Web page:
By On the occasion of our 20th anniversary
By Gustavo Arellano
By R. Scott Moxley
By Alfonso Delgado
By Courtney Hamilton
By Joel Beers
By Peter Maguire
By Charles Lam
Letters may be edited for clarity and length. E-mail to email@example.com, or send to Letters to the Editor, c/oOC Weekly, 1666 N. Main St., Ste. 500, Santa Ana, CA 92701. Or fax to (714) 550-5908.
WE LIKE JEANNE
Hey, Rebecca [Schoenkopf], regarding "Orange County's Sexiest People" [Feb. 6]: (1) Jeanne Carmen is a bad woman. Do NOT listen to her. (2) No Commie Girl column this week? I must have missed it somehow. I was so looking forward to reading about your Super Bowl Sunday. (3) Can I interview you for your Fan Blog? Please? Of course I'm not a professional interviewer or anything, but I do promise not to ask any questions that will make you feel uncomfortable. Mostly it will just be "What's your favorite color?" and "What's your favorite number?" I won't be asking questions like "What's the most men you've had sex with in a 24-hour period?" [Me? Eight, but that was before I found Jesus.] (4) Jeanne Carmen = evil. (5) How come you didn't ask Tawny Kitaen about O.J.? (6) How old is Jeanne Carmen?Nicholas Vance
My thanks to Jim Washburn on the great article on the Wal-Mart mentality sweeping the world ["Faded Glory," Jan. 30]. These are concerns that have troubled me for a good number of years. From early in the grocery strike, I thought that if Ralphs, Vons, et. al, really had any marketing savvy and were worried about Wal-Mart creeping in, they would retain their unions and their employees' benefits and use it to their advantage with huge signs on the fronts of their stores: "Unlike some of our competitors, our employees receive sufficient wages and benefits so they can afford to take a sick day and see a doctor before they start hocking typhoid all over your produce." This slogan appeals both to the waning, bleeding-heart altruism and to the perennial (and mushrooming) American value "What's in it for ME?" Granted, it's not as pithy as Wal-Mart's "Low Prices! Über Alles!" But less is not always more.Steve Kopczak
Bravo, Washburn! My favorite snide remark is: "You know the cost of everything and the value of nothing." We do get what we deserve. Our dollars, spent carefully, can keep merchants responsible.
My first real job was in the Customer Service department for then Sears "and Roebuck," where "The customer is always right." Retailers almost everywhere now put customer service in the hands of poorly trained, poorly paid clerks. So why go where you are charged for customer service, but it ain't available at any price? Might as well go to Wal-Mart, where the slogan is "Take the money and run."Rex Styzens
What a strong, well-written piece! I used to be a conservative Republican until aerospace downsizing left me with no medical and 10 years' of multiple part-time jobs. Now I belong to two unions and support organized labor whenever I can afford to do so. By the way, anyone can send money to the workers' strike fund. I don't have the address at my fingertips, but they are easily found on the web.Lew Stedman
Editor responds: You're a good kid, Lew. Thanks for mentioning the relief fund for striking families. Anyone who'd like to donate can send checks to: UFCW Strike Hardship Fund, Attn.: Secretary-Treasurer Joe Hansen, 1775 K St. NW, Washington, D.C., 20006. Or you can donate online at AFLCIO.com.
As a left-winger suffering behind the Orange Curtain, I was greatly consoled when R. Scott Moxley trashed gasbags Dana Rohrabacher and Bob Dornan back in the day. But I am only half consoled these days because I don't understand why Moxley has suddenly become a shill for Dornan ["Terrorist Blackout," Jan. 30]. I also get the feeling that if Moxley weren't taking his cues from Dornan, he'd be empty-handed. Scott, c'mon, I doubt your usual reading habits include obscure right-wing blog sites. Knock it off, man. Kick 'em both around.Charles Vance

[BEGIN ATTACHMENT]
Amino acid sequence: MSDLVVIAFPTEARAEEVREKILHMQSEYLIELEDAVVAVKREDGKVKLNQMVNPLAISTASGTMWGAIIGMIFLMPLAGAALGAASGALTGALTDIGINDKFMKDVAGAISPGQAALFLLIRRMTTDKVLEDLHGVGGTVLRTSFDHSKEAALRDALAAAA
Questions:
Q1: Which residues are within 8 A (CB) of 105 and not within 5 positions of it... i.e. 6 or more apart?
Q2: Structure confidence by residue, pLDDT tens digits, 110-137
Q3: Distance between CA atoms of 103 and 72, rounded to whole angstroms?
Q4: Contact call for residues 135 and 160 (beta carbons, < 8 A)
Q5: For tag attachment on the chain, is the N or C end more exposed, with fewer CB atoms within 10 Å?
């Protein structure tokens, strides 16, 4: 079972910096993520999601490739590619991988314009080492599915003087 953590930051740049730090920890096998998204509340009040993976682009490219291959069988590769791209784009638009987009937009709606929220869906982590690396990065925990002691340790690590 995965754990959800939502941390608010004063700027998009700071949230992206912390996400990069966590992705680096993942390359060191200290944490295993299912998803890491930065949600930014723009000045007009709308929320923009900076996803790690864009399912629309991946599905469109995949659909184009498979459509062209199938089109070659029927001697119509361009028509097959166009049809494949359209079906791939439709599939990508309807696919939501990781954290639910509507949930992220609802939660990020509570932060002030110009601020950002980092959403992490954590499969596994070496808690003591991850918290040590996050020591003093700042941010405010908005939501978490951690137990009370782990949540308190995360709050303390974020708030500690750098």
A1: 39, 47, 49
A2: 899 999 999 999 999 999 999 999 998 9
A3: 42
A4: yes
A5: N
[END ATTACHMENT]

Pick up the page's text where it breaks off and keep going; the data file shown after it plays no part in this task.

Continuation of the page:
Editor responds: Your math is wrong, Charles. Moxley wrote his first two pieces on Rohrabacher's relationship to the Taliban more than a year before Dornan announced he would run for the seat. In any case, Moxley says the Dornan-Rohrabacher race is all over; see page 16.
I really enjoyed Steve Lowery's mountain lion piece ["The Lion Speaks Tonight," Jan. 16]. You and Jim Washburn are starting to turn the Weekly into a first-class humor magazine.Harleigh Kyson
So Steve Lowery got his feelings hurt on television because Jerry Nachman dared disagree with him ["Fat Man Talking," Jan. 30]. Apparently, this makes it okay to call into question Nachman's intelligence and make fun of his appearance even though the man had just died. Have you no shame? Let the man rest. If you want to be on television so bad, go work in television instead of writing sour-grapes columns that are supposed to be funny but aren't.Celia Edelman
Hey, asshole, I don't know who you are, but I know what you are: an asshole. I knew Jerry Nachman, which is why somebody e-mailed me your piece-of-shit story. It's hard for me to fathom someone like you who takes advantage of the passing of another human being so they can make a few lame jokes and whine about the TV career they never had. Hey, asshole, the reason you didn't have a TV career is because you're a little prick whom nobody would want to listen to. Jerry, on the other hand, people wanted to listen to because he had guts and something to say. He was a man. You are a piece of shit.FOJ (Friend of Jerry)
Steve Lowery responds: I can assure you, FOJ, my piece was not meant as any disrespect to Mr. Nachman. His passing only rekindled a memory that I thought said something about the state of TV news. Still, I understand your sensitivity and therefore would like to offer you this comment from another reader that I think proves your concerns are unwarranted: "Hey, I loved your story on that fat fuck who died." Hope that clears things up.